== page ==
Monday, February 21, 2022

Colonizing America

In 1862 the U.S. government passed the Homesteading Act in order to encourage people to move west. Under the act people were offered 160 acres of free land. The only requirement was that they had to live on the land and farm it for at least five years. As a result of the 1862 act and later homesteading acts Native Americans were robbed of a huge proportion of their land in the American West.

The Digital Scholarship Lab of the University of Richmond has released an interactive map which allows you to explore the over 2.3 million claims made after the 1862 Homesteading Act. The Land Acquisition and Dispossession map also plots some of the raids, massacres and battles by which the indigenous people were dispossessed of their land during this same period. 

On the Land Acquisition and Dispossession map individual land office districts are colored to show the relative amount of land claimed or patented (red indicates a large number of claims, while green represents a smaller number of claims). The map also includes a timeline so that you can view the number of claims made in a specific year (at the state or territory level). 

The Digital Scholarship Lab admits that the map shows a far from complete picture of the frontier clashes by which Native Americans were dispossessed of their land. However this is addressed in a special section of the map which looks in more detail at Homesteading and Indigenous Dispossession

You can learn more about how Native Americans were robbed of their land on eHistory's Invasion of America interactive map. The Invasion of America visualizes Native American land cession between 1776 and 1887. During this period the United States seized over 1.5 billion acres from the indigenous people of the USA.

The Invasion of America map includes a powerful animated timeline feature which allows you to view how the United States spread westwards by seizing Native American land through treaties and executive orders. The map reveals how the United States managed in a little over one hundred years to steal nearly all Native American land.


In the early 19th Century Texas was one of the most diverse regions in the North American continent. It was home to a number of Native American tribes. It was also home to a large Mexican population and a growing number of illegal immigrants from the United States.

After the formation of the independent Republic of Texas in 1836 relations between Native Americans and Euro-Americans was often strained. The nationalist faction in the new republic led by Mirabeau B. Lamar, advocated for the expulsion of all Native Americans from Texas. Conversely some of the Native American tribes, such as the Comanches, opposed the new republic.

The University of Texas' Border Lands interactive map is an attempt to document and map the locations of the many incidents of conflict between Native Americans and Euro-Americans in Texas during the period from the creation of the First Mexican Republic to the outbreak of the U.S.-Mexico War (1821-1846).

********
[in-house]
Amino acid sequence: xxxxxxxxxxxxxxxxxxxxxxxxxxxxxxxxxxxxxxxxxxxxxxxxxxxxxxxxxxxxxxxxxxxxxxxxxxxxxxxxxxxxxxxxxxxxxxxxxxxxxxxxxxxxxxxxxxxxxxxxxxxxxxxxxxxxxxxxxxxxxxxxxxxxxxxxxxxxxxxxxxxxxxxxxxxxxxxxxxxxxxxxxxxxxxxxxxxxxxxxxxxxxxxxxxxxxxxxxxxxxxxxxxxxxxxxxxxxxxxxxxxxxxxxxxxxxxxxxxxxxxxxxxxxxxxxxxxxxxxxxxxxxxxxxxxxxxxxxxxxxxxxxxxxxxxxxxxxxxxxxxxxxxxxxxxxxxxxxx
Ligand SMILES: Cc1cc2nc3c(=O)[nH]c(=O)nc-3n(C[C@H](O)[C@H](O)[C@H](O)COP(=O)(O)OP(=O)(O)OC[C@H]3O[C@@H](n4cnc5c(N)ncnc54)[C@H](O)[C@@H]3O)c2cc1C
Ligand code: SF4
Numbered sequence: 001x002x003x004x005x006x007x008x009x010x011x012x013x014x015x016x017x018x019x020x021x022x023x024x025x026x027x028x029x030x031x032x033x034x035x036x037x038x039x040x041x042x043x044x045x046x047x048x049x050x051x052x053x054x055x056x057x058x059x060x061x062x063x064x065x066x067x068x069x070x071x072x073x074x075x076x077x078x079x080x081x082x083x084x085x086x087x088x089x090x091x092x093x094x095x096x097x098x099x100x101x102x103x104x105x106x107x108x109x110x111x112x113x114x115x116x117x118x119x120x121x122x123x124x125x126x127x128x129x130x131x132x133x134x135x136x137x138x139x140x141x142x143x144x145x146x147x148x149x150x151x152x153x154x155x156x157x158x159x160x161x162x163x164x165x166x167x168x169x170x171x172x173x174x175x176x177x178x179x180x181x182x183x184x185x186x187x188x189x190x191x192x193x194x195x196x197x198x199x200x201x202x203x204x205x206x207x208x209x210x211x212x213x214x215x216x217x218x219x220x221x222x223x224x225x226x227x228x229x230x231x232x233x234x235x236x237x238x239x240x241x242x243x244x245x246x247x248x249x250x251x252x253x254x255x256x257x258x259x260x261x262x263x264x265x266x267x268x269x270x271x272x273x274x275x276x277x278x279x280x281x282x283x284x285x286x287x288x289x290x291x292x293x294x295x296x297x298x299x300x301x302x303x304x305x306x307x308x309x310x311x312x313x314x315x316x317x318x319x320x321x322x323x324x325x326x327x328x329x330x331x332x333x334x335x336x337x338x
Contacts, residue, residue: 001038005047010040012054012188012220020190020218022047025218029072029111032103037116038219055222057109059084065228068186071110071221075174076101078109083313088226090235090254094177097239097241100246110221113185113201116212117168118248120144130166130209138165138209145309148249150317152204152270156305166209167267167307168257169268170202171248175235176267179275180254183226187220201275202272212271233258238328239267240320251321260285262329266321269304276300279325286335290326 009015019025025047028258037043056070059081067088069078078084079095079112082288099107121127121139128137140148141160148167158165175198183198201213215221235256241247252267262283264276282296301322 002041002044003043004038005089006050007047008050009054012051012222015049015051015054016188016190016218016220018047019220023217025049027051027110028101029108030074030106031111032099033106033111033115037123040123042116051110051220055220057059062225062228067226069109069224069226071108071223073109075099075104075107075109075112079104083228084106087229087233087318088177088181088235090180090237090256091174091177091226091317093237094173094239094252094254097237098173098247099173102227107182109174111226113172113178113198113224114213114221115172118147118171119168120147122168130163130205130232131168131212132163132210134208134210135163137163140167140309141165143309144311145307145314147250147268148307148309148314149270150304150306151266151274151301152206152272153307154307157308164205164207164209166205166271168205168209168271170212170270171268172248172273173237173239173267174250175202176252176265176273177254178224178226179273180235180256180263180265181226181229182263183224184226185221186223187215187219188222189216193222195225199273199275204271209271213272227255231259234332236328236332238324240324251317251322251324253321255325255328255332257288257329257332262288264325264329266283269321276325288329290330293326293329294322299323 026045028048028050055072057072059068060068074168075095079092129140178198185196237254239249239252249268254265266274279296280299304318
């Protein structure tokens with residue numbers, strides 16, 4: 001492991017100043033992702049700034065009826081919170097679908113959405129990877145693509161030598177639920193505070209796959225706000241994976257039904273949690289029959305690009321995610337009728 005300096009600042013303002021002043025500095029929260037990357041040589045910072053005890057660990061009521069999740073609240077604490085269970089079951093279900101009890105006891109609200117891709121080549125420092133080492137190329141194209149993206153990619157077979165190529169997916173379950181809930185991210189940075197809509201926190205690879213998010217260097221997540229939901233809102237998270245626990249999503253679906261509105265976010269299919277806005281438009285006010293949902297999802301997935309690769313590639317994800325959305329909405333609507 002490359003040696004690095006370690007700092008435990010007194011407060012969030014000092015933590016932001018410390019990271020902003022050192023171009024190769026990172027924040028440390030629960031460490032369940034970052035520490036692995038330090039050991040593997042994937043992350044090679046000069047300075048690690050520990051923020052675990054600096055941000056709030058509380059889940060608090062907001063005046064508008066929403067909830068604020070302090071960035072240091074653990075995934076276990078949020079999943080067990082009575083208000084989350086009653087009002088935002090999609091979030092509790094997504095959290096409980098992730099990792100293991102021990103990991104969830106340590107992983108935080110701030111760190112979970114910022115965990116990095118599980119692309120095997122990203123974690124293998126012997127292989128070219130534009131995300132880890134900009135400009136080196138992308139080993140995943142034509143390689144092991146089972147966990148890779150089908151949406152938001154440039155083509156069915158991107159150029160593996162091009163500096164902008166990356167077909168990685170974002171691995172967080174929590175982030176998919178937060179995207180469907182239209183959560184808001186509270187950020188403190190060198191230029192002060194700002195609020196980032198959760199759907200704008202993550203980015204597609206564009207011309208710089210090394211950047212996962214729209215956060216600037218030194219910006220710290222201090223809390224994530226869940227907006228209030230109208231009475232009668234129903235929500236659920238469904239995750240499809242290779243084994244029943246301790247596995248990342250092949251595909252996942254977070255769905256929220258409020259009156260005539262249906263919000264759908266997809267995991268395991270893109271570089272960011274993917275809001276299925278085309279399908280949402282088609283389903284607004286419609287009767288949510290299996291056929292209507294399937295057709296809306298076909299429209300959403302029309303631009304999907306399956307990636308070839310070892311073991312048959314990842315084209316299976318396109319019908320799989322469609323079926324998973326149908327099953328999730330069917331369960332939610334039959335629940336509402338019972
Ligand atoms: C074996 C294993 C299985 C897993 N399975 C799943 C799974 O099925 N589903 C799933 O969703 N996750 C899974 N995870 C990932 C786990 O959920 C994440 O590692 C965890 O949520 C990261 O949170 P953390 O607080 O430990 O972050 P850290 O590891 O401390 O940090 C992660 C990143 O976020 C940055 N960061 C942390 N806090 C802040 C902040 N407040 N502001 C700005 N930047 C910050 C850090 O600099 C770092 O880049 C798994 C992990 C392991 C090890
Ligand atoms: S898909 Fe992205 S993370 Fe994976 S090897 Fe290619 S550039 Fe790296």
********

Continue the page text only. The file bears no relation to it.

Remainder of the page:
The interactive Border Lands map includes three main views. The Timeline view allows you to explore all the mapped sites of conflict by date. This timeline view includes a date control which allows you to filter the incidents shown on the map by date range. It also includes an animation view which adds all the sites of conflict to the map in chronological order. The Heat Map view provides a a visualization of the density of conflicts by location. This view provides an overview of which locations in Texas witnessed the most violent conflicts during the period 1821-1846. The Fatalities map view uses colored markers to visualize all the violent conflicts between Native Americans and Euro-Americans by the resulting number of deaths.

Massacres in the United States is a fascinating but gruesome map showing the locations of the worst massacres in the history of the United States. The history of the United States is of course littered with many acts of extreme violence, from the slaughter of Native Americans by settlers to the massacre of African Americans.

According to the map the largest massacre in U.S. history occurred in the 1850's in California. Soon after California became the 31st state (in 1850) legislation was introduced giving settlers the right to organize lynch mobs and kill Native Americans. It is estimated that between 1856-1859 over 1,000 Yuki people were killed by white settlers. 

On the Massacres in the United States interactive map the colored markers are sized to show the number of people killed in each massacre. The colors of the markers indicate the massacre 'category' (Native American, African-American, Labor Unions etc). If you click on a category in the map sidebar you can filter the map to show only massacres from that category. For example if you select 'Native Americans' you can see that 19th Century California witnessed a succession of massacres carried out against the indigenous people.

Only massacres with 5 or more victims are shown on the map. The data for the map comes from Wikipedia, so only massacres with a Wikipedia entry are shown on the map.

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